IL-37a: a novel anti-inflammatory agent for the treatment of autoimmune arthritis?

Disease - Psoriatic arthritis, rheumatoid arthritis

Lead applicant - Dr Damo Xu

Organisation - University of Glasgow

Type of grant - Project Grant

Status of grant - Active

Amount of the original award - £298,176

Start date - 9 January 2017

Reference - 21327

Public Summary

What are the aims of this research?

Researchers have discovered a molecule produced by the body, called IL-37a, that reduces inflammation. This study aims to understand whether this molecule can reduce inflammation in inflammatory arthritis (for example, rheumatoid arthritis and psoriatic arthritis).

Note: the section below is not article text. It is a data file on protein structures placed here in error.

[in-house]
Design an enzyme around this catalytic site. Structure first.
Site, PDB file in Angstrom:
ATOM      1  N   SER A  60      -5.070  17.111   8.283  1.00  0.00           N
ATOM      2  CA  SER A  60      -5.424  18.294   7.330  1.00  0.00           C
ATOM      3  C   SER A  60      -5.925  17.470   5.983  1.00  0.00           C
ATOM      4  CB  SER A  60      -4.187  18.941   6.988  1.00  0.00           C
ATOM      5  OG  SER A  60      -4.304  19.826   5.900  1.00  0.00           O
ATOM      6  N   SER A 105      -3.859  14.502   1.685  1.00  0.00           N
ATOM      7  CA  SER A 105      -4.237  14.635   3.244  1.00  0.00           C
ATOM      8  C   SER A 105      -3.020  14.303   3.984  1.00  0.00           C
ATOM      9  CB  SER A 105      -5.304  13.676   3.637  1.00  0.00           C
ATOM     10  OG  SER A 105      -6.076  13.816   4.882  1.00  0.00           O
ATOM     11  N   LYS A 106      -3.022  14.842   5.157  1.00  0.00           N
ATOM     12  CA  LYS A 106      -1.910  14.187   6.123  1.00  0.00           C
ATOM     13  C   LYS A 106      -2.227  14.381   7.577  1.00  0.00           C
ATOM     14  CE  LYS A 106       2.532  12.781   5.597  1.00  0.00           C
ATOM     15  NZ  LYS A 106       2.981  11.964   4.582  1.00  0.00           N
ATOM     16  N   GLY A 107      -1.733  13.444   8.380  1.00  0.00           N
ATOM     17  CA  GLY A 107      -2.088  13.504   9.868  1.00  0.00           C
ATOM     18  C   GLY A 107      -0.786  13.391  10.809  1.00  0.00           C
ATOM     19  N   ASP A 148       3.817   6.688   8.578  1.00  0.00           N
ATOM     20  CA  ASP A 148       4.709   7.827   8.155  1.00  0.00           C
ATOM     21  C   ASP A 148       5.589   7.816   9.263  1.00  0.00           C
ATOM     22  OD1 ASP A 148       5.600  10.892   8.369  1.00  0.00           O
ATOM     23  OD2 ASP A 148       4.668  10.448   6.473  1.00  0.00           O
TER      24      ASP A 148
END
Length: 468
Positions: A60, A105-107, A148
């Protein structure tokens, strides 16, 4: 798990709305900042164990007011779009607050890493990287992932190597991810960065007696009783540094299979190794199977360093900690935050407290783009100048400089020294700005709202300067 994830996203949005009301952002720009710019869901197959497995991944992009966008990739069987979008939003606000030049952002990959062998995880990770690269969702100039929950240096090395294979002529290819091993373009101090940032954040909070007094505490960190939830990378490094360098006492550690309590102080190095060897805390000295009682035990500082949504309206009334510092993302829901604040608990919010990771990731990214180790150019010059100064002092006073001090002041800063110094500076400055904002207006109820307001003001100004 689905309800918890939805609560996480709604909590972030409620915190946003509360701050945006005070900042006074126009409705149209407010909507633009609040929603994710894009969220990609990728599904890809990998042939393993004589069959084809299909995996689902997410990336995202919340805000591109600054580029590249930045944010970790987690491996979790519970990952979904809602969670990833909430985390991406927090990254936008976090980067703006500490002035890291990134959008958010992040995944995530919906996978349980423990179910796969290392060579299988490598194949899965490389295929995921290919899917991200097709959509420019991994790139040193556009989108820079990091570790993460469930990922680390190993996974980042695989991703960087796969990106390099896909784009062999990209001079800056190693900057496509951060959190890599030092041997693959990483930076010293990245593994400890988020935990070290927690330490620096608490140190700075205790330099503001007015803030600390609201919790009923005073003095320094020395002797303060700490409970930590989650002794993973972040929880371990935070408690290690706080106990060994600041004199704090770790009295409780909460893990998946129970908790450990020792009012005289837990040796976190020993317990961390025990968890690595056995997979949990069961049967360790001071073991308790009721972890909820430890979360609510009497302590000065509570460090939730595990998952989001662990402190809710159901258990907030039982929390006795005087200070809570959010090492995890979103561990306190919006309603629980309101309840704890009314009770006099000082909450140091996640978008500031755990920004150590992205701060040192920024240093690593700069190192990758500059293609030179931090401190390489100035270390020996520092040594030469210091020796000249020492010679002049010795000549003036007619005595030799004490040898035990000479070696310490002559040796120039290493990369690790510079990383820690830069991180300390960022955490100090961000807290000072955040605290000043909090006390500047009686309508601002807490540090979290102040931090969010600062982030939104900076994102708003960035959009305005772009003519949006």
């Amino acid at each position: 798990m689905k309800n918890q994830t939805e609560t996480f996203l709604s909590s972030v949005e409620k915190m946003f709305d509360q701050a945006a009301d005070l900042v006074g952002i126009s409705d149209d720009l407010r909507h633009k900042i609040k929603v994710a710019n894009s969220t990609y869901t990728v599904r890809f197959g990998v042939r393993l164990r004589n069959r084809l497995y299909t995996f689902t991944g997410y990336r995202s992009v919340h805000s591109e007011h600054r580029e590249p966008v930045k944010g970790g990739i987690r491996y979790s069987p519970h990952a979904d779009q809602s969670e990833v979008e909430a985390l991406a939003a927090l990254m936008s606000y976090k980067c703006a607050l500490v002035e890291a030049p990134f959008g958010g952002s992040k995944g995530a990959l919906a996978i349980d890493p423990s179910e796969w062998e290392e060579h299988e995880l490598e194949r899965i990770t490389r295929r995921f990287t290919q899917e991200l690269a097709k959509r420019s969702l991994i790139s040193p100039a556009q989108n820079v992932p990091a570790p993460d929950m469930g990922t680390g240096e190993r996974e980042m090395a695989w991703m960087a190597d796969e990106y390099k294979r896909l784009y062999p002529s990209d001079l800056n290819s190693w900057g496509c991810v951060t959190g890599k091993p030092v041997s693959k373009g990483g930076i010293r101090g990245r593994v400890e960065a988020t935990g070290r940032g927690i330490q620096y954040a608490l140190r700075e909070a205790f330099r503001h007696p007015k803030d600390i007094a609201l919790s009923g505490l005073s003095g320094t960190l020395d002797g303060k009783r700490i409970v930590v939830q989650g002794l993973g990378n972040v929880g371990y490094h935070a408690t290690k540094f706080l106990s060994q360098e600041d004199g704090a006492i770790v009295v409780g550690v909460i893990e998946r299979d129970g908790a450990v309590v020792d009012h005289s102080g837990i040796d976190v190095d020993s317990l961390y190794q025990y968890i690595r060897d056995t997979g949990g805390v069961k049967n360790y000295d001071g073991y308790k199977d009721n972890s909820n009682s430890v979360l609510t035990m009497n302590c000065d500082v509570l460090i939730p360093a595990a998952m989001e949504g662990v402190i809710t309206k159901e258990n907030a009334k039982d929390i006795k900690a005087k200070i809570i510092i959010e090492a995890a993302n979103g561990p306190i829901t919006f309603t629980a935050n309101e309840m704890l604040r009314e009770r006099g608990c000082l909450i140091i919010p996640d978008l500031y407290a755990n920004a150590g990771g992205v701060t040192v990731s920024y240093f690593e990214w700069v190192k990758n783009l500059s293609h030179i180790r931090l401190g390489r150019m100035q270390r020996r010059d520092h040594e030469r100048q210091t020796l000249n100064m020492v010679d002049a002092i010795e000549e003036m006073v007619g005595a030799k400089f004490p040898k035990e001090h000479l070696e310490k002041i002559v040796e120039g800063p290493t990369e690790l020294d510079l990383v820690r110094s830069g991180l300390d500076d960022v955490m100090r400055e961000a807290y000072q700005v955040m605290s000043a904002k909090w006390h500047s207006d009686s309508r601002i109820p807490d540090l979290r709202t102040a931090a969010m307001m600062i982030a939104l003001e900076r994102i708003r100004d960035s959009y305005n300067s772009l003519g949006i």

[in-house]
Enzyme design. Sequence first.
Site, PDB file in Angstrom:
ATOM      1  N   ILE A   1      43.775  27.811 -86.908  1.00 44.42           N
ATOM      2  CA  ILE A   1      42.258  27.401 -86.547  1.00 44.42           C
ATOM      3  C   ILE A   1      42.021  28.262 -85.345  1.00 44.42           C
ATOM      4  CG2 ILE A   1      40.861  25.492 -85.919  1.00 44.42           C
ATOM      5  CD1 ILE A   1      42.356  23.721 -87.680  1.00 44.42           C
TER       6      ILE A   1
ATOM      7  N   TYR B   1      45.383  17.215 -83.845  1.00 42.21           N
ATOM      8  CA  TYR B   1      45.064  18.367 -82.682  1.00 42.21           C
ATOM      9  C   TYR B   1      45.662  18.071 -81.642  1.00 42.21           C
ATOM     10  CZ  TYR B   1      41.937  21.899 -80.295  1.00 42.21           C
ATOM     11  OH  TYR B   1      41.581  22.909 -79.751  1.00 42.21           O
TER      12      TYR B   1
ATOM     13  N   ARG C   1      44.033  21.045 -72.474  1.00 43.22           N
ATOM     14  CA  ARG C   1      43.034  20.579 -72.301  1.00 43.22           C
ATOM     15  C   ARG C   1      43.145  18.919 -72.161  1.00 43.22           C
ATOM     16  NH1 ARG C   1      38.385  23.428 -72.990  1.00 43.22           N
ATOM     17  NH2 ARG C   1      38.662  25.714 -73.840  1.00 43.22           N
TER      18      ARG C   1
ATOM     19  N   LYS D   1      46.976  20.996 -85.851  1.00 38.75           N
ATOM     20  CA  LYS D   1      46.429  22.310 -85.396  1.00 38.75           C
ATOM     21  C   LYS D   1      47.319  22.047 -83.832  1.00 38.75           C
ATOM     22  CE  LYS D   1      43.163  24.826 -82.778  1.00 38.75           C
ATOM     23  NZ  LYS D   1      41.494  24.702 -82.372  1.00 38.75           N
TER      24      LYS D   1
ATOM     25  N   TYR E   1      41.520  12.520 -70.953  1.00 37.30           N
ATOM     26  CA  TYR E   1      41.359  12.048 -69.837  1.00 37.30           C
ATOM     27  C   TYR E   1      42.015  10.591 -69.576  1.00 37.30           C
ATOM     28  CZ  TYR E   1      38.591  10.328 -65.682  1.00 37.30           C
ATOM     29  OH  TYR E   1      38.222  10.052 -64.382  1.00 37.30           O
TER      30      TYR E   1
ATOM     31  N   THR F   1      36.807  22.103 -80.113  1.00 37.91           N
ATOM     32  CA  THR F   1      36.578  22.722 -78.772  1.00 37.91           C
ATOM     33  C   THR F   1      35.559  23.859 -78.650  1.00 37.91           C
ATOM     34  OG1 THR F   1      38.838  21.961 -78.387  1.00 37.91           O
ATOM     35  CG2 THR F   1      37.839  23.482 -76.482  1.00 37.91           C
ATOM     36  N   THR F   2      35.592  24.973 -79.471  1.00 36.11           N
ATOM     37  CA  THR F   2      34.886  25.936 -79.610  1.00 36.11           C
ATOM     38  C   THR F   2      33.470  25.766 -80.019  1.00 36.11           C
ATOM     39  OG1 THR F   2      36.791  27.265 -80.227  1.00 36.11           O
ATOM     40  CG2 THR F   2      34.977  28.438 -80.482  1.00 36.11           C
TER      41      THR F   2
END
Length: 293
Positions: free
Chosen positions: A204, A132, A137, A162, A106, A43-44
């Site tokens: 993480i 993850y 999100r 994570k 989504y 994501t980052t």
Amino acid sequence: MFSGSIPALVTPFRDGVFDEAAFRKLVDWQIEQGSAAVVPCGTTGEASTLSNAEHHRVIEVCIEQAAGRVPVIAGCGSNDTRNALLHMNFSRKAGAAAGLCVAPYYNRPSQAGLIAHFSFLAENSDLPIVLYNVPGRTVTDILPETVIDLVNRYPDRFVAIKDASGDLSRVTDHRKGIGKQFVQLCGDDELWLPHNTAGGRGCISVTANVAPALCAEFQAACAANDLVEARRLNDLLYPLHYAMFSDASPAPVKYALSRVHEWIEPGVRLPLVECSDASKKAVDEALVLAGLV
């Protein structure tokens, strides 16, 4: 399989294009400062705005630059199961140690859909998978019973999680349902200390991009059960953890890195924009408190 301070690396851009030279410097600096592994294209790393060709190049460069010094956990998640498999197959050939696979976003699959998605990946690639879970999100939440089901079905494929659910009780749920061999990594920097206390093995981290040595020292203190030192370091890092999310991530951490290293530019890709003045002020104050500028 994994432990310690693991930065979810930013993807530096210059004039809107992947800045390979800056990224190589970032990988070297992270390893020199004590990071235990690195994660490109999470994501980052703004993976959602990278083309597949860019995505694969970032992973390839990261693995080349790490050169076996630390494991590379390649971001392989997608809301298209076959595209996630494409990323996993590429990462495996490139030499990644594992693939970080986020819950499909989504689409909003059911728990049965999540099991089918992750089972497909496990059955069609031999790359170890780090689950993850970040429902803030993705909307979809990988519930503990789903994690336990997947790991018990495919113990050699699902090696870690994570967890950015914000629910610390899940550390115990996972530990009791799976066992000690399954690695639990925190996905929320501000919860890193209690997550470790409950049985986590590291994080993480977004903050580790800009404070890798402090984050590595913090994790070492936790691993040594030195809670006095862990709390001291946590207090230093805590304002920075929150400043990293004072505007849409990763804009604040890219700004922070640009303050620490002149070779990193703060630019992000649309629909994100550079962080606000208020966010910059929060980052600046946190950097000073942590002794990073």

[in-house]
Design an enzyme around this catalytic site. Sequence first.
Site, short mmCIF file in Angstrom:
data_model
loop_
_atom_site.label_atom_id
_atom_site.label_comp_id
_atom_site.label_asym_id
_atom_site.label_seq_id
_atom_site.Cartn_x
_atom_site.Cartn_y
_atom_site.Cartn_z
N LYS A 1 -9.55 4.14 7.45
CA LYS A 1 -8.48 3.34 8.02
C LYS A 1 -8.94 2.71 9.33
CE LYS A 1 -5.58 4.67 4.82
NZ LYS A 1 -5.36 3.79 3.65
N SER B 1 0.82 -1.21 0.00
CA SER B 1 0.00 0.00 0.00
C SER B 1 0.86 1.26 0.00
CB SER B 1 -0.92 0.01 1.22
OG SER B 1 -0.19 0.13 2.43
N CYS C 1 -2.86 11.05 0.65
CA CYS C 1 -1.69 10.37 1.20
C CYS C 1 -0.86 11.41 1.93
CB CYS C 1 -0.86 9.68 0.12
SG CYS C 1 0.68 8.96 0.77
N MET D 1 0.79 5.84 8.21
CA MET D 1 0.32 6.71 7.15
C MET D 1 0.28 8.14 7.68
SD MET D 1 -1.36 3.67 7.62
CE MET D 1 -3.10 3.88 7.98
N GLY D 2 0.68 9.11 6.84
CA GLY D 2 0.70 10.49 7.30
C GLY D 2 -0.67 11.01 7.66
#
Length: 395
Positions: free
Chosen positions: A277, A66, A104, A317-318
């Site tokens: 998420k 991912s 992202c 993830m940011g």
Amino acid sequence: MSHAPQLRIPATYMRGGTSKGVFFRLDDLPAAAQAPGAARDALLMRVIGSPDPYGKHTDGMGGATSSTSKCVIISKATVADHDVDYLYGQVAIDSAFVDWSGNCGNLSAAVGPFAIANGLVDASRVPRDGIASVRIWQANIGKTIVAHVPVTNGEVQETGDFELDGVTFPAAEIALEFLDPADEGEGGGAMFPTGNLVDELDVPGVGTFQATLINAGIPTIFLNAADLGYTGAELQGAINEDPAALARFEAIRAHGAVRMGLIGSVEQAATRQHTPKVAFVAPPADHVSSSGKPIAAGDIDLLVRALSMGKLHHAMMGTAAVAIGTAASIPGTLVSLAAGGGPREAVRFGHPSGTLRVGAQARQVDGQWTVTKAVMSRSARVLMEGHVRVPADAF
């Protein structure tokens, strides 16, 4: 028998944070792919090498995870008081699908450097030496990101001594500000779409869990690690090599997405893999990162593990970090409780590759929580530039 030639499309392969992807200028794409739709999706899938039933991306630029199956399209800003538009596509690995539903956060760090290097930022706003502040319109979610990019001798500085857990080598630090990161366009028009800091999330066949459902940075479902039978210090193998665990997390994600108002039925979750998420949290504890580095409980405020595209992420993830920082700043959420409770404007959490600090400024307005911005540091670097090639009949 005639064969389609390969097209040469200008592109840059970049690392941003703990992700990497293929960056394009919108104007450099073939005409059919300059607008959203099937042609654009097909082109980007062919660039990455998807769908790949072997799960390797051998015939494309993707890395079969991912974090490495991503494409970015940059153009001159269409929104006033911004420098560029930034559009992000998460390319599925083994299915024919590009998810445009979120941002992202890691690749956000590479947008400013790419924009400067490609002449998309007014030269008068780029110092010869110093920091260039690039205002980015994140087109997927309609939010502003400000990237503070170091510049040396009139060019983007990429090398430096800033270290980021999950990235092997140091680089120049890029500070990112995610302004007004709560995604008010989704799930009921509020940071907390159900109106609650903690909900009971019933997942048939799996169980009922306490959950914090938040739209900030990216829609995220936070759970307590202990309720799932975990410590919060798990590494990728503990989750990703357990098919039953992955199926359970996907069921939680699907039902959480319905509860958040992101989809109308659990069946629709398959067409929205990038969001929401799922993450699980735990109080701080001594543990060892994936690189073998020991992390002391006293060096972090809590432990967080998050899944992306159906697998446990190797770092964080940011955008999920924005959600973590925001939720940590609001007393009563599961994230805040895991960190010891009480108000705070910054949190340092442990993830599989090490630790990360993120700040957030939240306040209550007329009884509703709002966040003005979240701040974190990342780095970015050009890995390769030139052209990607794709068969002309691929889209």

Why is this research important?

In inflammatory arthritis the immune system begins to attack healthy tissues, particularly in the joints. This causes inflammation and swelling, which in turn causes pain and reduced joint movement. To tackle this, doctors prescribe medications that reduces inflammation. However, the currently available treatments do not work for everyone. These researchers want to establish whether the molecule, IL-37a, can reduce inflammation in tissue samples from people with inflammatory arthritis, and in mice with inflammatory arthritis to assess its potential as a novel therapy.

How will the findings benefit patients?

If IL-37a can reduce inflammation in these studies, it could mark the beginning of the development of a new anti-inflammatory therapy for inflammatory arthritis. There are many disease processes that lead to inflammation in the joint; developing therapies that work in different ways will increase the chance of finding an appropriate treatment for everyone with any form of inflammatory arthritis.